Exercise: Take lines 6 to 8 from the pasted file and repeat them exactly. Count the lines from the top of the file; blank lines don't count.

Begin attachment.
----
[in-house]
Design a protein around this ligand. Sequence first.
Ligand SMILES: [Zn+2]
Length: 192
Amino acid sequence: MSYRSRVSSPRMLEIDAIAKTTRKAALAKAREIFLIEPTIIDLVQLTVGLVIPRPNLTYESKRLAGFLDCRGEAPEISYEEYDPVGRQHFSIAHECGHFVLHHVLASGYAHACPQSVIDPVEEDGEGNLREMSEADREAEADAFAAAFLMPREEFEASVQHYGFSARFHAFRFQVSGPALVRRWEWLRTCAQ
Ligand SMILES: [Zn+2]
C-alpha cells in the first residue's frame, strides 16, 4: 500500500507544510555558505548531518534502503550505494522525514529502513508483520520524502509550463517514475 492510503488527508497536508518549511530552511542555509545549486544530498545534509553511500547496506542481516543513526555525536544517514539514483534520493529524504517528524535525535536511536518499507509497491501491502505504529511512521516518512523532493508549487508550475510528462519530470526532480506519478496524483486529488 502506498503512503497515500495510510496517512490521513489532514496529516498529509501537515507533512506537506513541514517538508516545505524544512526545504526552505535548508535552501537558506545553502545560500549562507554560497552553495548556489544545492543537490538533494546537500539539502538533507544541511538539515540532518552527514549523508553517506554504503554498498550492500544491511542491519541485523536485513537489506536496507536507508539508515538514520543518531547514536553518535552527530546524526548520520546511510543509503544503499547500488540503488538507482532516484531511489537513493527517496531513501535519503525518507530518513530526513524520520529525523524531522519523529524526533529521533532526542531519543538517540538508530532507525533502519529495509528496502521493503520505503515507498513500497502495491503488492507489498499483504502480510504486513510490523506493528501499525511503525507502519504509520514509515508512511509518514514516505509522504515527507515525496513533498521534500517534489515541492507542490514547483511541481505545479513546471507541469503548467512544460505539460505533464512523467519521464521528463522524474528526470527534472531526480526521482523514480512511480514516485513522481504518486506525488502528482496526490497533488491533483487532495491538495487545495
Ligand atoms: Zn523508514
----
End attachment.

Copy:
Ligand SMILES: [Zn+2]
C-alpha cells in the first residue's frame, strides 16, 4: 500500500507544510555558505548531518534502503550505494522525514529502513508483520520524502509550463517514475 492510503488527508497536508518549511530552511542555509545549486544530498545534509553511500547496506542481516543513526555525536544517514539514483534520493529524504517528524535525535536511536518499507509497491501491502505504529511512521516518512523532493508549487508550475510528462519530470526532480506519478496524483486529488 502506498503512503497515500495510510496517512490521513489532514496529516498529509501537515507533512506537506513541514517538508516545505524544512526545504526552505535548508535552501537558506545553502545560500549562507554560497552553495548556489544545492543537490538533494546537500539539502538533507544541511538539515540532518552527514549523508553517506554504503554498498550492500544491511542491519541485523536485513537489506536496507536507508539508515538514520543518531547514536553518535552527530546524526548520520546511510543509503544503499547500488540503488538507482532516484531511489537513493527517496531513501535519503525518507530518513530526513524520520529525523524531522519523529524526533529521533532526542531519543538517540538508530532507525533502519529495509528496502521493503520505503515507498513500497502495491503488492507489498499483504502480510504486513510490523506493528501499525511503525507502519504509520514509515508512511509518514514516505509522504515527507515525496513533498521534500517534489515541492507542490514547483511541481505545479513546471507541469503548467512544460505539460505533464512523467519521464521528463522524474528526470527534472531526480526521482523514480512511480514516485513522481504518486506525488502528482496526490497533488491533483487532495491538495487545495
Ligand atoms: Zn523508514